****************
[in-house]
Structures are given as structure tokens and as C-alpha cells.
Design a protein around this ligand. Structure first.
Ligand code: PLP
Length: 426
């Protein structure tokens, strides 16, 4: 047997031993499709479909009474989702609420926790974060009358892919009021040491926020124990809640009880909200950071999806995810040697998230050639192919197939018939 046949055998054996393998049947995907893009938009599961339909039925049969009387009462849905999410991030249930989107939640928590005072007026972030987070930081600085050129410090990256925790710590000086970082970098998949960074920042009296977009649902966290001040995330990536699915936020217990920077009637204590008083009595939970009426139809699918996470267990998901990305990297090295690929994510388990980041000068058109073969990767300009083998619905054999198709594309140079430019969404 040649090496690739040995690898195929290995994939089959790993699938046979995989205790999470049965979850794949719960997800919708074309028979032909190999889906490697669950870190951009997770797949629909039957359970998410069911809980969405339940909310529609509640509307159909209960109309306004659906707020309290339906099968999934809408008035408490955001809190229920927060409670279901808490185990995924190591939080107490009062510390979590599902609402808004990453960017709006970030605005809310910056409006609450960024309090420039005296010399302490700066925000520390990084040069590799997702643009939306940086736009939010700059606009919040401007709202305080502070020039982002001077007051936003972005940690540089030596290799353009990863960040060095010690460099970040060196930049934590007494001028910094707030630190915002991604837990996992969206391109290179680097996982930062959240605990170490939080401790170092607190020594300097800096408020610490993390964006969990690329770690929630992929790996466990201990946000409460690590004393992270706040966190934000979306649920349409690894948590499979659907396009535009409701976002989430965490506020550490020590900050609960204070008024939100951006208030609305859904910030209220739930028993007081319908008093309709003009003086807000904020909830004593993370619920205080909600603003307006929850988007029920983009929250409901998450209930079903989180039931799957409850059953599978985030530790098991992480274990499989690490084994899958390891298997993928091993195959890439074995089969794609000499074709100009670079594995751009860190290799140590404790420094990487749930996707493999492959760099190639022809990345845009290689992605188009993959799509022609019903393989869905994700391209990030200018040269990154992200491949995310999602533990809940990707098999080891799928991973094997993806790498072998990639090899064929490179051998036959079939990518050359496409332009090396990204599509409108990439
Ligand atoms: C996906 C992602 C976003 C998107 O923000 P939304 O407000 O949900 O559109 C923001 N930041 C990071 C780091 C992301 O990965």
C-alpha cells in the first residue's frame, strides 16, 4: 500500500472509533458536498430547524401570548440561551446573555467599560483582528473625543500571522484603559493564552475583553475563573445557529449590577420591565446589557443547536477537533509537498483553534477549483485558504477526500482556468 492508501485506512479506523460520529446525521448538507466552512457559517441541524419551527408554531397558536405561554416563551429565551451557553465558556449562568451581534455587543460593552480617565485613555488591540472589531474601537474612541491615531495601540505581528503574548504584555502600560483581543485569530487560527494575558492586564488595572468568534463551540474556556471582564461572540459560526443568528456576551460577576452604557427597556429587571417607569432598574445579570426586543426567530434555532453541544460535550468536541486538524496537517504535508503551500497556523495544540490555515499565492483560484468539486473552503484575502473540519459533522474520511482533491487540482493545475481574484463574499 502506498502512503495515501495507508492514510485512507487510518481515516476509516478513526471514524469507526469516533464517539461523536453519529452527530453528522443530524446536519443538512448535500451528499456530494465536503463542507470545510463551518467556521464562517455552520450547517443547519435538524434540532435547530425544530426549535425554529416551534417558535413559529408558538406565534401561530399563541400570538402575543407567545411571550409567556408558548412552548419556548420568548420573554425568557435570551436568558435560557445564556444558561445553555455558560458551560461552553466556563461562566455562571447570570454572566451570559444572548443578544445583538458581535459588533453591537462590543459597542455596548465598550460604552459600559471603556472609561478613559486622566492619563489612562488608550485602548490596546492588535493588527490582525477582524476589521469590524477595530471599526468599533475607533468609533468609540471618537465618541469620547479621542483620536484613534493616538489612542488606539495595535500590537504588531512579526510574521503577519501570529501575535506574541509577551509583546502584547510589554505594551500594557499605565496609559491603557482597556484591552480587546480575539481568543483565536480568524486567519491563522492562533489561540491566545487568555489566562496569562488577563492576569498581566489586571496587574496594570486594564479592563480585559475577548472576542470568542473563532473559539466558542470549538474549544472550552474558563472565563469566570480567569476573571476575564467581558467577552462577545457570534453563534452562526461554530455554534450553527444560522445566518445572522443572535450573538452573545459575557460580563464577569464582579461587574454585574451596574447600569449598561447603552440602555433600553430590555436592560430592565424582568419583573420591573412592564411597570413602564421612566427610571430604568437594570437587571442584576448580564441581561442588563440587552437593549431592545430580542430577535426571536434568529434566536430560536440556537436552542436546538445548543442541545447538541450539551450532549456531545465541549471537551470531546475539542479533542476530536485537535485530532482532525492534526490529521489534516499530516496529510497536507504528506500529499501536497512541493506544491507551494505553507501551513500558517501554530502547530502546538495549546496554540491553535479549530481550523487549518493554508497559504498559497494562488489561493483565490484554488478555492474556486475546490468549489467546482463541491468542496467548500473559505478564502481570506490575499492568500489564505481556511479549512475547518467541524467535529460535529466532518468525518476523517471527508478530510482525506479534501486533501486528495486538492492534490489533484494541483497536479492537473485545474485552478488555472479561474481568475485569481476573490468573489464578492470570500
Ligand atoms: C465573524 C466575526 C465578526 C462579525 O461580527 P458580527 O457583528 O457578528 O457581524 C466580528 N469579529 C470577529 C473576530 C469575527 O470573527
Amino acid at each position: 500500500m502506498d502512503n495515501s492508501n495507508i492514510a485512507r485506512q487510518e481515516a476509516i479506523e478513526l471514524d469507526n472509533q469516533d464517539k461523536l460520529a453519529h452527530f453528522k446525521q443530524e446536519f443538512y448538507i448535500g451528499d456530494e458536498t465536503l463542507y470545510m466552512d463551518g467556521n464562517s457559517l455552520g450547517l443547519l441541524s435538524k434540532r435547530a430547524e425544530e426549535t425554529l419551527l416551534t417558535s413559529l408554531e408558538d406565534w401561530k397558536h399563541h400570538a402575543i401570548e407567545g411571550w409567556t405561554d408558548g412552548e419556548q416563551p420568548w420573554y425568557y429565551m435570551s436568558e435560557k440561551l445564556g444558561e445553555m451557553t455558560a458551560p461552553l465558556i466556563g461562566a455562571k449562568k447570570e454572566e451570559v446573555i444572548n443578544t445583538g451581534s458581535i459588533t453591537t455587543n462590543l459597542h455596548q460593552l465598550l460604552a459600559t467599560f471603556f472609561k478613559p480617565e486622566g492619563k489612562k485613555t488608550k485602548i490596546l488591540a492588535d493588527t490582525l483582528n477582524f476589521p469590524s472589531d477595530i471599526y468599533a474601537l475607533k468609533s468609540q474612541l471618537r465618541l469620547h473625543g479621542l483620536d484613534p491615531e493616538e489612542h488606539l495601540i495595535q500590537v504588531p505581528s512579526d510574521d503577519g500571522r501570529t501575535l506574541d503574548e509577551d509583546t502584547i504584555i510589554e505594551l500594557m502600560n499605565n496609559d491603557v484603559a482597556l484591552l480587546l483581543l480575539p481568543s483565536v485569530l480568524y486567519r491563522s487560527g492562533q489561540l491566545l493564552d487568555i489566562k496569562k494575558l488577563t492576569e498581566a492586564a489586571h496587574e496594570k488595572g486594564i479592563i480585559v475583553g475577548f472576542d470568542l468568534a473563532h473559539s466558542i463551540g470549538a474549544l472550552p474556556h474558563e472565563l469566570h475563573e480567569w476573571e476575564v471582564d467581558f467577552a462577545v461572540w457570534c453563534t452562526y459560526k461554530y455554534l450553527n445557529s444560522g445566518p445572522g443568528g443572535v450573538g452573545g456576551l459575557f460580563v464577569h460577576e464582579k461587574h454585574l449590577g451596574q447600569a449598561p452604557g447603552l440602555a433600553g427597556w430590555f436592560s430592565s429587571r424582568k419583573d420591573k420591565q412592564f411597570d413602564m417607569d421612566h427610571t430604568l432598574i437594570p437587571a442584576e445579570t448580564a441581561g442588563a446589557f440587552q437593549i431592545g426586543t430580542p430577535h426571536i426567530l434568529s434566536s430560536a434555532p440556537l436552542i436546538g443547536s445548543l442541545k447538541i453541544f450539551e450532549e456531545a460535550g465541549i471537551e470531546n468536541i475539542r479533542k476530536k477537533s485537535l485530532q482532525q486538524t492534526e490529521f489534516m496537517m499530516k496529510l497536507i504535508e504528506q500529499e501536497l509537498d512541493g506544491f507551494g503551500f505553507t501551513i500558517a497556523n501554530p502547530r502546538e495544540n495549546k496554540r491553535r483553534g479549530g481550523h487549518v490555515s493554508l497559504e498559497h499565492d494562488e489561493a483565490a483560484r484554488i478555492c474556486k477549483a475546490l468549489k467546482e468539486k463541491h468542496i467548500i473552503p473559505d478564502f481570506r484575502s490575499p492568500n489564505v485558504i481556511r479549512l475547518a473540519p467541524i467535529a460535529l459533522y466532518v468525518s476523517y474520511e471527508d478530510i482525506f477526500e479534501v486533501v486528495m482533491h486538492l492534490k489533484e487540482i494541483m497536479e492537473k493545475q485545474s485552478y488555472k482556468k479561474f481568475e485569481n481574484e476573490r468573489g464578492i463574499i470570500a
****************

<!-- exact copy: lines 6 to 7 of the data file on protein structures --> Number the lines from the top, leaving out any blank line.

């Protein structure tokens, strides 16, 4: 047997031993499709479909009474989702609420926790974060009358892919009021040491926020124990809640009880909200950071999806995810040697998230050639192919197939018939 046949055998054996393998049947995907893009938009599961339909039925049969009387009462849905999410991030249930989107939640928590005072007026972030987070930081600085050129410090990256925790710590000086970082970098998949960074920042009296977009649902966290001040995330990536699915936020217990920077009637204590008083009595939970009426139809699918996470267990998901990305990297090295690929994510388990980041000068058109073969990767300009083998619905054999198709594309140079430019969404 040649090496690739040995690898195929290995994939089959790993699938046979995989205790999470049965979850794949719960997800919708074309028979032909190999889906490697669950870190951009997770797949629909039957359970998410069911809980969405339940909310529609509640509307159909209960109309306004659906707020309290339906099968999934809408008035408490955001809190229920927060409670279901808490185990995924190591939080107490009062510390979590599902609402808004990453960017709006970030605005809310910056409006609450960024309090420039005296010399302490700066925000520390990084040069590799997702643009939306940086736009939010700059606009919040401007709202305080502070020039982002001077007051936003972005940690540089030596290799353009990863960040060095010690460099970040060196930049934590007494001028910094707030630190915002991604837990996992969206391109290179680097996982930062959240605990170490939080401790170092607190020594300097800096408020610490993390964006969990690329770690929630992929790996466990201990946000409460690590004393992270706040966190934000979306649920349409690894948590499979659907396009535009409701976002989430965490506020550490020590900050609960204070008024939100951006208030609305859904910030209220739930028993007081319908008093309709003009003086807000904020909830004593993370619920205080909600603003307006929850988007029920983009929250409901998450209930079903989180039931799957409850059953599978985030530790098991992480274990499989690490084994899958390891298997993928091993195959890439074995089969794609000499074709100009670079594995751009860190290799140590404790420094990487749930996707493999492959760099190639022809990345845009290689992605188009993959799509022609019903393989869905994700391209990030200018040269990154992200491949995310999602533990809940990707098999080891799928991973094997993806790498072998990639090899064929490179051998036959079939990518050359496409332009090396990204599509409108990439
Ligand atoms: C996906 C992602 C976003 C998107 O923000 P939304 O407000 O949900 O559109 C923001 N930041 C990071 C780091 C992301 O990965």